Spencer, John a learned English divine was a native of Bocton-under-Blean, in Kent, where he was baptized Oct. 31, 1630. He was educated at Canterbury, and admitted to Corpus Christi College, Cambridge, March 25, 1645, taking his A.B. in 1648, A.M. in 1652, and being chosen fellow in 1655. He became a tutor, was appointed a university preacher, and served the cures, first of St. Giles and then of St. Benedict, in Cambridge. He took the degree of B.D. in 1659, and that of D.D. in 1665; was presented, 1667, by his college to the rectory of Landbeach, Cambridgeshire, and Aug. 3 was elected master of the college. About a month later he was preferred by the king to the archdeaconry of Sudbury, in 1672 to a prebend of Ely, and in 1677 to the deanery of that church. He resigned, 1683, the rectory of Landbeach in favor of his kinsman, Wm. Spencer. In 1687 he purchased an estate in Elmington, Northamptonshire, and settled it by deed on the college. He died May 27, 1695. Dr. Spencer published a sermon, The Righteous Ruler (1660): — A Discourse concerning Prodigies (1663); a second edition was published (Lond. 1665, 8vo), to which was added a Latin Dissertation concerning Urim and Thummim (1669, 1670): — A Discourse concerning Vulgar Prophecies' (1665, 8vo): — De Legibus Hebroeorum Ritualibus et earum Rationibus Libri Tres (Camb. 1685, 2 vols. fol.); afterwards greatly enlarged by the addition of a fourth book, and published by order of the university (ibid. 1727, 2 vols. fol.). "This is usually regarded as the best edition, although that by Pfaff (Tübingen, 1732, 2 vols. fol.) is in some respects more desirable, as it contains a dissertation by the editor on the life of Spencer, the value of his work, its errors, and the authors who have written against it. The work is preceded by Prolegomena, in which the author shows that the Mosaic laws were not given by God arbitrarily, but were founded on reasons which it is desirable and profitable to search into, so far as the obscurity of the subject permits. The work itself is divided into three (in the second edition into four) books. The first book treats of the general reasons of the Mosaic laws, with a dissertation on the Theocracy. The second considers those laws to which the customs of the Zabeans, or Sabeans, gave occasion, with a dissertation on the apostolic decree, Acts 15. The third discusses the laws and institutions to which the usages of the Gentiles furnished the occasion, in eight dissertations:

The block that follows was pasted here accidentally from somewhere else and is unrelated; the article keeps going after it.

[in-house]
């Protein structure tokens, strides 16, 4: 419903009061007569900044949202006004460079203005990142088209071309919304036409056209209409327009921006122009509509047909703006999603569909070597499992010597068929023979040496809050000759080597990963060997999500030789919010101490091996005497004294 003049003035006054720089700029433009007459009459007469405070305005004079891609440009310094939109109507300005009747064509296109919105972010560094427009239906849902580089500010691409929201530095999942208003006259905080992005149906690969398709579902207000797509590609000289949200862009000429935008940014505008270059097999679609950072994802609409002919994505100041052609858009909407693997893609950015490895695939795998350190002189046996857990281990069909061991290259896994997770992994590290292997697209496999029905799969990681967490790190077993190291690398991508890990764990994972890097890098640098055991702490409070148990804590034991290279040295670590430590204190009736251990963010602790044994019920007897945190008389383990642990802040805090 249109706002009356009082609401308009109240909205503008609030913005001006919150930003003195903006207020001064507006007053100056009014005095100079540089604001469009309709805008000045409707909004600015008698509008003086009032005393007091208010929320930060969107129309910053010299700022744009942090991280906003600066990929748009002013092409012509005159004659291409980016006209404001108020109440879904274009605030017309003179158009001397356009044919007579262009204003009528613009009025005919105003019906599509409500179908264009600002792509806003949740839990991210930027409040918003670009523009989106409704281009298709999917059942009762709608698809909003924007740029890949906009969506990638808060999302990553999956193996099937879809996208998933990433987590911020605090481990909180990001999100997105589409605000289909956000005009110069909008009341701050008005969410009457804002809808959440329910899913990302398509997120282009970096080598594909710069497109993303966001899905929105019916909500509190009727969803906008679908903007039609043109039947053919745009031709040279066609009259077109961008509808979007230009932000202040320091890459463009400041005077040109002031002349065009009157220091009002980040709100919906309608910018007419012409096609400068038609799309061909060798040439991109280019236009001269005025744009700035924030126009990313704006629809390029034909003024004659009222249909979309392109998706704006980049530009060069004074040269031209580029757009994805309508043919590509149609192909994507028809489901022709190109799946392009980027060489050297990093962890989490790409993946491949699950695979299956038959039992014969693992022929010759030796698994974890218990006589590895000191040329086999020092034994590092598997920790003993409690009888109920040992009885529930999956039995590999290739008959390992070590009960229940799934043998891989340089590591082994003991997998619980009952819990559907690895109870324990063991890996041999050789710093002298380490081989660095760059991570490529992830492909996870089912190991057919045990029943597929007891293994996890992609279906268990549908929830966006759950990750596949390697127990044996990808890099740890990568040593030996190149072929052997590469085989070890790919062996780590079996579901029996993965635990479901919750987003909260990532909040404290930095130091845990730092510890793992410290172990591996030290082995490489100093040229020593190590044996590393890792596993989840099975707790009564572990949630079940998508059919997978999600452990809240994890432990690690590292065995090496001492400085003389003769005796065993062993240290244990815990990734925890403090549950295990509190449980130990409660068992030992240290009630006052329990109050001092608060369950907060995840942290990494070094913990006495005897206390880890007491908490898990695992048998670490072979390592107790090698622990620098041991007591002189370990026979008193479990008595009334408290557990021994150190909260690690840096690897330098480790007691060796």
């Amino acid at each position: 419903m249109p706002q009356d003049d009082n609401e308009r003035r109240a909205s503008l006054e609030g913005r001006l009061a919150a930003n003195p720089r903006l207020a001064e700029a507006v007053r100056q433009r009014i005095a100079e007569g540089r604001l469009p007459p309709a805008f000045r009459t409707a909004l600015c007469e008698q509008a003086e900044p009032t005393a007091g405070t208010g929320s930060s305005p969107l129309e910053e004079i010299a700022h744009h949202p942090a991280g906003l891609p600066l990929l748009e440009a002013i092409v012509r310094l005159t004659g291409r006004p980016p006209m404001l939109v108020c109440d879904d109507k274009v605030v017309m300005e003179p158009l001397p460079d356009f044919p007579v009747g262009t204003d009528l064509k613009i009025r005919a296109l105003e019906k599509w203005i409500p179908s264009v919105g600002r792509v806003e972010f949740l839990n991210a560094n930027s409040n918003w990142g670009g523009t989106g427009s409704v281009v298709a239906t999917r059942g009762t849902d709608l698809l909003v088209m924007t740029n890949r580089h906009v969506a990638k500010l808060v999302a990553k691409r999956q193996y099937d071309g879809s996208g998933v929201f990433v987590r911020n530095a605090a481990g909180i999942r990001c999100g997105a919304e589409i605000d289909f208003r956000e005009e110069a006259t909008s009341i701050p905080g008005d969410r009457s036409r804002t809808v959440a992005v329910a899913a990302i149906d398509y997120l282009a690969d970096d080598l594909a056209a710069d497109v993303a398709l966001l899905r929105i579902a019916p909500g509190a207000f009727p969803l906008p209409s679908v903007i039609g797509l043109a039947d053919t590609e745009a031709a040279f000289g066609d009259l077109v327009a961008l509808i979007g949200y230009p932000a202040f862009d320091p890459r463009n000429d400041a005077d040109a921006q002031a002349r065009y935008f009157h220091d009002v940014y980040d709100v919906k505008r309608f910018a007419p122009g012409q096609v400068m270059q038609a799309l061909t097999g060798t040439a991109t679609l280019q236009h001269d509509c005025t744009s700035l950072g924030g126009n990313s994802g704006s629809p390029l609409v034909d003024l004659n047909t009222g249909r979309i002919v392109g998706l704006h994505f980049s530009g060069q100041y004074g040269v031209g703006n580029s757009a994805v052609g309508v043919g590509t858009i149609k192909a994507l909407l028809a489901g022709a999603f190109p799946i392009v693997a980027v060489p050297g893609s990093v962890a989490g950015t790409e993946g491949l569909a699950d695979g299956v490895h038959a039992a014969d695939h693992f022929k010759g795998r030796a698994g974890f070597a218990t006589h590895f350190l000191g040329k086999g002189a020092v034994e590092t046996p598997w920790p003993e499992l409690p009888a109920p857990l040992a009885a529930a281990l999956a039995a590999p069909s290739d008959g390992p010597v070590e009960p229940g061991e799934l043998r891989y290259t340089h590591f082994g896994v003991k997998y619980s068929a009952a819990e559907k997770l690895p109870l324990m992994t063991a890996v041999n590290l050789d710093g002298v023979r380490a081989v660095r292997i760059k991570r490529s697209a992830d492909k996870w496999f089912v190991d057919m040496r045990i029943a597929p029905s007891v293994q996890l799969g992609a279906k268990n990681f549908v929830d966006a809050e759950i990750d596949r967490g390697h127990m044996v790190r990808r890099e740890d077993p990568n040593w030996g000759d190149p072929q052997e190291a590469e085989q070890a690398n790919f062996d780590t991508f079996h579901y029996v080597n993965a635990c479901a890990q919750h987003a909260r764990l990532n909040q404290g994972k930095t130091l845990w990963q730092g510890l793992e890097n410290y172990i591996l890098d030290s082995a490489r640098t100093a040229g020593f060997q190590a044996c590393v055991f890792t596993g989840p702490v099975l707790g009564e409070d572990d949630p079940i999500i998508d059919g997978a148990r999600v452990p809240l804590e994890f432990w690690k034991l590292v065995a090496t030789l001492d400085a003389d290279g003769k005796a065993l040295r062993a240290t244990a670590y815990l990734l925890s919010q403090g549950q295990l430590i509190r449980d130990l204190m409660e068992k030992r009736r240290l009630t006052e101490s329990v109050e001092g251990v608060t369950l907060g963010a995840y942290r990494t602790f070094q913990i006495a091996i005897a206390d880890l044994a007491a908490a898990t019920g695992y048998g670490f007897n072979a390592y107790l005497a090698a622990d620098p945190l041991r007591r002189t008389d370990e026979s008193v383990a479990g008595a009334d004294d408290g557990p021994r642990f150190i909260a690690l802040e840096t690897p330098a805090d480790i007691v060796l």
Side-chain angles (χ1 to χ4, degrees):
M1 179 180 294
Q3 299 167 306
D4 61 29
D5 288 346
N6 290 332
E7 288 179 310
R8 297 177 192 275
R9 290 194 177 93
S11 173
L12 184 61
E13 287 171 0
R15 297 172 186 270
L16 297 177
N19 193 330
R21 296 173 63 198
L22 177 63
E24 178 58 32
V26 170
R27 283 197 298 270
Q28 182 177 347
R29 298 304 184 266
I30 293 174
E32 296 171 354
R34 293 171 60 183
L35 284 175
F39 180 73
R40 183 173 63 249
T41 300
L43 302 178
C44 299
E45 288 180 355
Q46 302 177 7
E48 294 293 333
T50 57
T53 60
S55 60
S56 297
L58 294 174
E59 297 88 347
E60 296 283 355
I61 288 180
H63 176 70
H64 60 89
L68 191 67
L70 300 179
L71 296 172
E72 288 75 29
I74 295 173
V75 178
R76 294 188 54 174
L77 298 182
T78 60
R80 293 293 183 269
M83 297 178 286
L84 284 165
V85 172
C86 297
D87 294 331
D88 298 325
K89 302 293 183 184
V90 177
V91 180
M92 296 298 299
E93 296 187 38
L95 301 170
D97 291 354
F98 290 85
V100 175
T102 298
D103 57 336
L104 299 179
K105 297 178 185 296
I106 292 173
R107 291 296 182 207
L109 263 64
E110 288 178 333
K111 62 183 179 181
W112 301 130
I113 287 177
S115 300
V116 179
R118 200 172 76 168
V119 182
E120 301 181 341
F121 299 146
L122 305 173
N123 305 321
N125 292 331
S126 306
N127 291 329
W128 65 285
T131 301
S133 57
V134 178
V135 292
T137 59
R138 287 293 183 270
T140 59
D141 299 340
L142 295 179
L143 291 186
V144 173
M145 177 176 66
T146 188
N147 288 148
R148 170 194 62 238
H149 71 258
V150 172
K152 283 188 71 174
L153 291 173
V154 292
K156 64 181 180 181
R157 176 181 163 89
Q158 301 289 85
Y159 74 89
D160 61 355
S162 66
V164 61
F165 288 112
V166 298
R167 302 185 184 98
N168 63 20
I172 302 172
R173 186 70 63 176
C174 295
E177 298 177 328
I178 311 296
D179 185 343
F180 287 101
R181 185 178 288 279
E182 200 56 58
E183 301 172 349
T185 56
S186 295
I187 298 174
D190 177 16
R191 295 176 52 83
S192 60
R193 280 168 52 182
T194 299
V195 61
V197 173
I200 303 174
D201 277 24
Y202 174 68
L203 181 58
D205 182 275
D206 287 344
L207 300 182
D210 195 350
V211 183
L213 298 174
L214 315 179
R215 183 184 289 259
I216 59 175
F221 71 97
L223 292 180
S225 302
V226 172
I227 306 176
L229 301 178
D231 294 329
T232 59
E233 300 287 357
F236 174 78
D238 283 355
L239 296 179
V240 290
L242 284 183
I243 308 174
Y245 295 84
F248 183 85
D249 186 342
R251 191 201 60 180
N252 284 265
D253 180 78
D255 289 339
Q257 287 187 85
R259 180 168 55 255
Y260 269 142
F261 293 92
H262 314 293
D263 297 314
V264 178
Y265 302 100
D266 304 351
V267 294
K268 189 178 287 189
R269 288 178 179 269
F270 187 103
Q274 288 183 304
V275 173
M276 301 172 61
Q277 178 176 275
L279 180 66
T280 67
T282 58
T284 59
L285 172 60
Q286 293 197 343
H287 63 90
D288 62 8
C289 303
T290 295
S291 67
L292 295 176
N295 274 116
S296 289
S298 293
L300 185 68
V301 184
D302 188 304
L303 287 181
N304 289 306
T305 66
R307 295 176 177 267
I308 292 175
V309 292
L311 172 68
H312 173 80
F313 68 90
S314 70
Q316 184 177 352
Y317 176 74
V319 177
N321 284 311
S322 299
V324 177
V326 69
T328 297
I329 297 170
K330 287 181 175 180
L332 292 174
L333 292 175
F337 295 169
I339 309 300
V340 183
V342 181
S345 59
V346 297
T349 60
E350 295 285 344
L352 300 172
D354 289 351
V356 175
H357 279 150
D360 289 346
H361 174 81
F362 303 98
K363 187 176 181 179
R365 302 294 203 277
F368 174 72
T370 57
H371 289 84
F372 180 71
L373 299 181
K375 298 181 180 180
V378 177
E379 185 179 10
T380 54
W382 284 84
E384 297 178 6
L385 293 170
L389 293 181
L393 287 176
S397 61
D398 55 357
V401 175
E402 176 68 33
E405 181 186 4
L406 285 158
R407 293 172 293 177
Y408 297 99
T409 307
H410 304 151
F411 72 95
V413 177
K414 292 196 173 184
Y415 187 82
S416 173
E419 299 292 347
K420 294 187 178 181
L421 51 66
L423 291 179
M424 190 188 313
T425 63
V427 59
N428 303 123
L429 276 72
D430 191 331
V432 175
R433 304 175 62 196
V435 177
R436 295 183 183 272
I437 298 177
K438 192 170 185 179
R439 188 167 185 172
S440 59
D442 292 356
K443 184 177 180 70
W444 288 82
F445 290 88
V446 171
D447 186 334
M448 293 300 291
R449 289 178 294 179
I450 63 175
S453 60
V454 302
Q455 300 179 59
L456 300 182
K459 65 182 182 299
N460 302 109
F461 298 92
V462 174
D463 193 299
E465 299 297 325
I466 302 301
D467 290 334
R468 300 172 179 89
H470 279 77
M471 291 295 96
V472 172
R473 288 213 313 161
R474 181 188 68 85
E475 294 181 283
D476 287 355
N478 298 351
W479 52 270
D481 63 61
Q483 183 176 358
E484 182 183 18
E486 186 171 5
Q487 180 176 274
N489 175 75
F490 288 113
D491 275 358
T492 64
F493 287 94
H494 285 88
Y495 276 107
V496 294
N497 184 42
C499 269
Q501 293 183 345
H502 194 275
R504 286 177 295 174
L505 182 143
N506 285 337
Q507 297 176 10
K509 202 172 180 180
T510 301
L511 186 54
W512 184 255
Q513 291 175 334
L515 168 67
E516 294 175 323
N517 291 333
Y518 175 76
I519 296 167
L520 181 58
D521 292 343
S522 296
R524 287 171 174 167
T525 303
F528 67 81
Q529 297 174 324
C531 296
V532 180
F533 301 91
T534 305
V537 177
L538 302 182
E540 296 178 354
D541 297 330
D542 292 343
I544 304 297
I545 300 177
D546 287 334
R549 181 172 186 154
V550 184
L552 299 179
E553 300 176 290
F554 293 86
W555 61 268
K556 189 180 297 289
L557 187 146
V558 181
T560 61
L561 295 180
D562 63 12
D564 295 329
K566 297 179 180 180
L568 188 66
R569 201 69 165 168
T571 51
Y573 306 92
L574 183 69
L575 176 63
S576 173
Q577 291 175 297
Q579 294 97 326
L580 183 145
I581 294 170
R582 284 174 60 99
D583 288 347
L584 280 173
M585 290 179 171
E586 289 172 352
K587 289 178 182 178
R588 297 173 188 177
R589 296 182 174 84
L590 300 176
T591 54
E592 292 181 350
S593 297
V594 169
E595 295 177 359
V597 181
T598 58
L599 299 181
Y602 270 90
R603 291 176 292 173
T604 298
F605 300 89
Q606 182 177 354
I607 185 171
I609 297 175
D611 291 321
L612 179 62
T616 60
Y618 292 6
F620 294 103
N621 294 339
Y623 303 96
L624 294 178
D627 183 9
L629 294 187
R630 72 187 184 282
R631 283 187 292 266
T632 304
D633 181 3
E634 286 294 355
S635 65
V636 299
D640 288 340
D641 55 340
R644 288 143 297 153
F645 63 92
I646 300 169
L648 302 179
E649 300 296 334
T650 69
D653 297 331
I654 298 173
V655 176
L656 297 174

1. Of the rites generally transferred from Gentile customs to the law; 2. Of the origin of sacrifice; 3. Of purifications; 4. Of new moons; 5. Of the ark and cherubim; 6. Of the Temple; 7. Of the origin of Urim and Thummim; 8. Of the scape goat.
The fourth book treats of the rites and customs which the Jews borrowed from the Gentiles, without, so far as appears, any divine warrant; with a dissertation on phylacteries. The great error of this learned and admirable work is its derivation, to an undue extent, of the rites and ceremonies of the Jewish law from the idolatrous nations around; but the error is one of excess, not of principle; for much that was incorporated in Judaism had been in existence from the earliest ages." See Chalmers, Biog. Dict. s.v.; Hoefer, Nouv. Biog. Générale, s.v.; Allibone, Dict. of Brit. and Amer. Authors, s.v.